ČESMAD points out that the market has not been prepared for such a ban, as there is insufficient accommodation capacities for truck drivers. Moreover, insurance policies actually ban drivers from leaving their loaded trucks unattended.

“It’s obvious that the aim of this measure is not that drivers rest in hotels but that they return home,” said Jančovič, adding that sometimes the routes of the truck drives are too long to enable them to spend their regular weekly rest at home. “The aim of this measure is thus limiting the capacities of eastern hauliers in the western market.”

Additionally, while the EC through its latest initiatives wanted to target letterbox companies and so-called nomad drivers, it has missed its goal, according to ČESMAD. Such companies register in a member state with a lower minimum working wage as a way of cutting costs and hiring cheaper labour. Their nomad drivers then often actually live in the cabin and even spend months in their trucks without a break outside the cabin.

“Actually the EC only negatively interfered with the operation of classical hauliers carrying out regular transport,” said Jančovič, adding that the proposed measures impose an impassable administrative and bureaucratic burden on hauliers.

Harder life of truckers

Even before the implementation of the changes proposed in the package of road transport rules, the life of Slovak truckers had already gotten harder. This is because several countries have already implemented regulations requiring the equal remuneration of truckers from other countries operating in the territory of the given country, or banning truck drivers from spending their weekly rest periods in truck cabins. After six days in a truck, a driver must take a compulsory 45-hour break.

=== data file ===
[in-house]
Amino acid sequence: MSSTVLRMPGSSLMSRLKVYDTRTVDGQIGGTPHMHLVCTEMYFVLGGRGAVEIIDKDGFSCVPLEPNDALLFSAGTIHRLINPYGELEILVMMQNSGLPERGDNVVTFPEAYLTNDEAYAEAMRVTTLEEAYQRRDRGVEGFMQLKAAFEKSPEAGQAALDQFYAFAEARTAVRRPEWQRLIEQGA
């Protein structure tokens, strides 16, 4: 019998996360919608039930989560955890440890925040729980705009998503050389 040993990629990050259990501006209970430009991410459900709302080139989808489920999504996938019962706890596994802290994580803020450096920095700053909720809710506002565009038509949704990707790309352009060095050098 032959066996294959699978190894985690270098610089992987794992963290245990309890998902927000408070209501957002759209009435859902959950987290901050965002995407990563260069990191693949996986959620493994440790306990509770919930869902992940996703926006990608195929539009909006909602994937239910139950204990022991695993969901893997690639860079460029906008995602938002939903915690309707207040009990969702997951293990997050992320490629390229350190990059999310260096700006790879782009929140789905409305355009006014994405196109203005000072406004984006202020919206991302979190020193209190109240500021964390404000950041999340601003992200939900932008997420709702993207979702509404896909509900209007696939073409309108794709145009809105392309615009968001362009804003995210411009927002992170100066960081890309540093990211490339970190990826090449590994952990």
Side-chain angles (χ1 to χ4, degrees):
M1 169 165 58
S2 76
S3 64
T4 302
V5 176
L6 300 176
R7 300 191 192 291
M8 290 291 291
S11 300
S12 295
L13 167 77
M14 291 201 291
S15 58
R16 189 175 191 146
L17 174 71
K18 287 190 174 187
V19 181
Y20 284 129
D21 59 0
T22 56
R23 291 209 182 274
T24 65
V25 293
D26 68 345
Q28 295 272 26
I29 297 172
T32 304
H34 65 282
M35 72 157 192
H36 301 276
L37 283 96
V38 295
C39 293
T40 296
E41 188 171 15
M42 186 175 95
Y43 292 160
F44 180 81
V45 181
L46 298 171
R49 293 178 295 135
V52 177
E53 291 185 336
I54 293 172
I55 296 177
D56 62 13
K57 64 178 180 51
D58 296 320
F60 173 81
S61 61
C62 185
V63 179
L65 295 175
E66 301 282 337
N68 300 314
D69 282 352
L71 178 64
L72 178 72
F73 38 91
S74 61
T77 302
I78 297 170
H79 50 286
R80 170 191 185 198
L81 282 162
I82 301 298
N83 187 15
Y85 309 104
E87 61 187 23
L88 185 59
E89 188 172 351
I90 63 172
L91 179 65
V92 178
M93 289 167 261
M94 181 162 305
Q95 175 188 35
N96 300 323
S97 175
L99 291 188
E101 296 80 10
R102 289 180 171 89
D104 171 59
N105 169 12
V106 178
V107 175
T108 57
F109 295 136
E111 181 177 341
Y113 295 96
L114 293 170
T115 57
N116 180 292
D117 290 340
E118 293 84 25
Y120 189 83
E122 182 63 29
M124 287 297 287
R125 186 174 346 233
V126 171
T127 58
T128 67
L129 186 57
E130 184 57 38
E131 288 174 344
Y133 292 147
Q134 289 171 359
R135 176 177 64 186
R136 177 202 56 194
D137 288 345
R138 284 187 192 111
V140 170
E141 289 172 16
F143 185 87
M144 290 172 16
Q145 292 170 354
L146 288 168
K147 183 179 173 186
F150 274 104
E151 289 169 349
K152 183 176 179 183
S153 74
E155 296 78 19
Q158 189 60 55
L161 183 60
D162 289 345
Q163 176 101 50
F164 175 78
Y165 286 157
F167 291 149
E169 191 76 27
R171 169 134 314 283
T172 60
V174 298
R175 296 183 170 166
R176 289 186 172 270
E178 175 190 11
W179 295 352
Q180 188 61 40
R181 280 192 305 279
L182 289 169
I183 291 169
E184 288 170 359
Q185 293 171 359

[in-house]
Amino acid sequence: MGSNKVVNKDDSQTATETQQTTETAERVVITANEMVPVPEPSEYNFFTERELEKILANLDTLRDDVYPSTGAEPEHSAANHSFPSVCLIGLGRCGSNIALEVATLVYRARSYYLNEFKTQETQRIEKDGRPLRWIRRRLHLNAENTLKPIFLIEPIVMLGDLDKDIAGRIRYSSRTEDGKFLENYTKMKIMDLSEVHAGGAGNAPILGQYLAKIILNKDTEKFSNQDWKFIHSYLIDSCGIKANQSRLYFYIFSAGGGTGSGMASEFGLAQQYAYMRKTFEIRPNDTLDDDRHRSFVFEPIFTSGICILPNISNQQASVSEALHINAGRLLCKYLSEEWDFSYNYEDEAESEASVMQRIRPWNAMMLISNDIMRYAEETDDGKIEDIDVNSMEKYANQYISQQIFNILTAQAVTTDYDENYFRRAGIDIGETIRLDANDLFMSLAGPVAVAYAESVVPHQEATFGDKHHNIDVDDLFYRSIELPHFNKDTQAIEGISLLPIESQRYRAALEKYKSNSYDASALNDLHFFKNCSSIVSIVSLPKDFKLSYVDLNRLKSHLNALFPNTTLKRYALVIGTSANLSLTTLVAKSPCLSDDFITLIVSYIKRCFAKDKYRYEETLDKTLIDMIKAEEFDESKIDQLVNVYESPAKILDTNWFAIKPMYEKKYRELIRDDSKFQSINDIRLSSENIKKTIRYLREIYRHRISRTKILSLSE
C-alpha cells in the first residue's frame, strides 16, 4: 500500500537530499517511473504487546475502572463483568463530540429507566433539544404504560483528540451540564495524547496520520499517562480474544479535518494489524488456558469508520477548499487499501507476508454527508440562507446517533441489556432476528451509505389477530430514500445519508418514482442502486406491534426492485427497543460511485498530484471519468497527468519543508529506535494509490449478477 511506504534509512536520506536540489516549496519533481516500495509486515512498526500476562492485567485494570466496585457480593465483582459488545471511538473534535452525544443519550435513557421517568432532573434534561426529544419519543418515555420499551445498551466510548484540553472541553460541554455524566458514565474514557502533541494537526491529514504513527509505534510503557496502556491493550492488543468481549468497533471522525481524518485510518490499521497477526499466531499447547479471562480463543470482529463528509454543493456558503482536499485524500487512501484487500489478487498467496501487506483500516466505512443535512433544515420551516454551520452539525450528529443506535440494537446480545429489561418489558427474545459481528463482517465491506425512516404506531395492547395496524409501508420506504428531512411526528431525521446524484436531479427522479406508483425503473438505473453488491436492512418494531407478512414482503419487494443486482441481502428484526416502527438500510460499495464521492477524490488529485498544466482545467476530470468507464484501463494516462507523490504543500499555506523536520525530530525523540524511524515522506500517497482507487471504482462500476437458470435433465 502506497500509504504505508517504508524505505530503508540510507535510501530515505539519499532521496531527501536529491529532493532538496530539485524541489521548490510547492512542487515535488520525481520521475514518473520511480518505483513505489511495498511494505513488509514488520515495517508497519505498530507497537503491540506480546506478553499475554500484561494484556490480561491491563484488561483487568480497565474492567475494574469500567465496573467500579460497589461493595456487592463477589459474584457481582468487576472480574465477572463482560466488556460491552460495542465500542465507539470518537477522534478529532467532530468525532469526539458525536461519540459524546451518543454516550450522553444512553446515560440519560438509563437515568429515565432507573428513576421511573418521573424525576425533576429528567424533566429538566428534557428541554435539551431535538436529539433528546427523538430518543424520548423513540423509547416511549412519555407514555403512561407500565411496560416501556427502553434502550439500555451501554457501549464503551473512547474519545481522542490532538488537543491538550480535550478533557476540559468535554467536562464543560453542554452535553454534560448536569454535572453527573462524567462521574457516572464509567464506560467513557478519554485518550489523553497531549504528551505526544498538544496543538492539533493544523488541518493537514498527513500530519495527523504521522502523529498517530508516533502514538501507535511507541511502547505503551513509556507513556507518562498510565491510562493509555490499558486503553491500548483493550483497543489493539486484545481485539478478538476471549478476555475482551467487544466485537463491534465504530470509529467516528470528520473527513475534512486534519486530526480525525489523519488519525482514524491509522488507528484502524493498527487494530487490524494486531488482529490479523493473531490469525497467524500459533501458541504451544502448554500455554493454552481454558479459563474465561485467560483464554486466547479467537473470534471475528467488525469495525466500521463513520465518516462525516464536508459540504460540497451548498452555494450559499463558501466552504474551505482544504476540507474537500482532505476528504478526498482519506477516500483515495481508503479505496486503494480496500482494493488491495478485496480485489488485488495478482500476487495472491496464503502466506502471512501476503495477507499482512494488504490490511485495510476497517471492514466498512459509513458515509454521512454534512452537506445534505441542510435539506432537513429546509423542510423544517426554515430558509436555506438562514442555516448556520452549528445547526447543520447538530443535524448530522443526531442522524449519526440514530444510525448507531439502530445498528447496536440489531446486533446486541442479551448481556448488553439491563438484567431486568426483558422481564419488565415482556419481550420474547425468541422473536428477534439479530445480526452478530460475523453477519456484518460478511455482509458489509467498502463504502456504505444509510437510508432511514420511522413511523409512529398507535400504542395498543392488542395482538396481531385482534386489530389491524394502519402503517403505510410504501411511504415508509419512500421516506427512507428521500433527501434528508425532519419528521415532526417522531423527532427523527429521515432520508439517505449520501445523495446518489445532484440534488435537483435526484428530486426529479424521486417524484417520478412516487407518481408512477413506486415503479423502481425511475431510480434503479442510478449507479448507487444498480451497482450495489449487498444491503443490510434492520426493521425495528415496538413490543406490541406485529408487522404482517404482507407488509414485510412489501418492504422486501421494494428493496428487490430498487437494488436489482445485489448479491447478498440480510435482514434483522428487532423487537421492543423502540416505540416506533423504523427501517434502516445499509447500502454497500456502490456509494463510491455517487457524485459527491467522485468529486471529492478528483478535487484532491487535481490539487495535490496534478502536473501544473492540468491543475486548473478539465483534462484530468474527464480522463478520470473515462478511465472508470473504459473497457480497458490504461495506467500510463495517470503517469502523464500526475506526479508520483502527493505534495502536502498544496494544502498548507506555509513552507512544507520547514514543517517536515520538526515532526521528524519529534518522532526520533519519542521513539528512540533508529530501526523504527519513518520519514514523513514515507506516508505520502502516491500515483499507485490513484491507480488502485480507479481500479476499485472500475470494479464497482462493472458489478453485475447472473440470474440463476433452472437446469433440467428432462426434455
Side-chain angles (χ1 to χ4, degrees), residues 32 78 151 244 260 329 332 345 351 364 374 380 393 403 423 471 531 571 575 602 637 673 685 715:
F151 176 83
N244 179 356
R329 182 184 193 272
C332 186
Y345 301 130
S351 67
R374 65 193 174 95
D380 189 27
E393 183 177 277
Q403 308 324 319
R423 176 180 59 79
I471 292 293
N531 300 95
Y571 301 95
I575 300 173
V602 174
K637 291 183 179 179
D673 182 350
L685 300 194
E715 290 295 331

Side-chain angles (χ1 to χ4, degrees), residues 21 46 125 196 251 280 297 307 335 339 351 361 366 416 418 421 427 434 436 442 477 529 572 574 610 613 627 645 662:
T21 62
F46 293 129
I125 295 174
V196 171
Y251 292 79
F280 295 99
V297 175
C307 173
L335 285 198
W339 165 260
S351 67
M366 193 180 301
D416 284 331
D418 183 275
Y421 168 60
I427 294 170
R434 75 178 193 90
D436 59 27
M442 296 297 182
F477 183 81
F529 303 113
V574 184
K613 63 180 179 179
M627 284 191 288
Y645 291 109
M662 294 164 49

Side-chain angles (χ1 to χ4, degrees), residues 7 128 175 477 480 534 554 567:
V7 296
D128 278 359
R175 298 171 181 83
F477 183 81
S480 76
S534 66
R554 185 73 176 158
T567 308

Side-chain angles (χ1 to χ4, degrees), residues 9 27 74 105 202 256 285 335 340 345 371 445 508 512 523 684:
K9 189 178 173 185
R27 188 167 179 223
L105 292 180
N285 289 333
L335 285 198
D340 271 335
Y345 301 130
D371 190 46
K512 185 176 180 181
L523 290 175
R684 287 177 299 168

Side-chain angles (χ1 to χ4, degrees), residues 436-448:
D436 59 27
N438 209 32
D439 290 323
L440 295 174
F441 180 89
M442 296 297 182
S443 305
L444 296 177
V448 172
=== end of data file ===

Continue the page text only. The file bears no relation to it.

ČESMAD, even though it does not agree with the measures on minimum wage and sleeping in the cabin, recommends its members to observe all these regulations in order to prevent being fined.

“Maybe because of this we don’t have information about a Slovak company that would be fined due to these measures,” said Rusko.

But Rusko recalled a recent police action in Belgium against truck drivers violating the regulation requiring them to spend the compulsory 45-hour weekly rest period outside of their cabins. The police checked about 200 vehicles in a parking lot near an important port and collected approximately €113,000 in fines.

Germany, France and Austria have adopted minimum wage laws that require foreign drivers to be paid according to the local minimum wage when making deliveries in their countries.

In the case of Austria, expert in tax and accounting Wilfried Serles, managing partner for Grant Thornton Slovensko, even points out that the duties brought about by an early 2017 Austrian law are actually unrealisable.

“For example, it is required that Slovak hauliers keep [Austrian] collective agreements,” said Serles. “But for the transport sector there are four collective agreements. A Slovak haulier has no chance of meeting the requirements.”

The Austrian law does not have any exceptions for short-term transport either. Thus it also affects those taxi and bus companies providing transport, for example, from Bratislava to the Viennaairport.

“The taxi service and the owner of a bus going to the Vienna airport must fill in a form and remunerate the drivers according to the Austrian collective agreement for each 30-minute drive,” said Serles.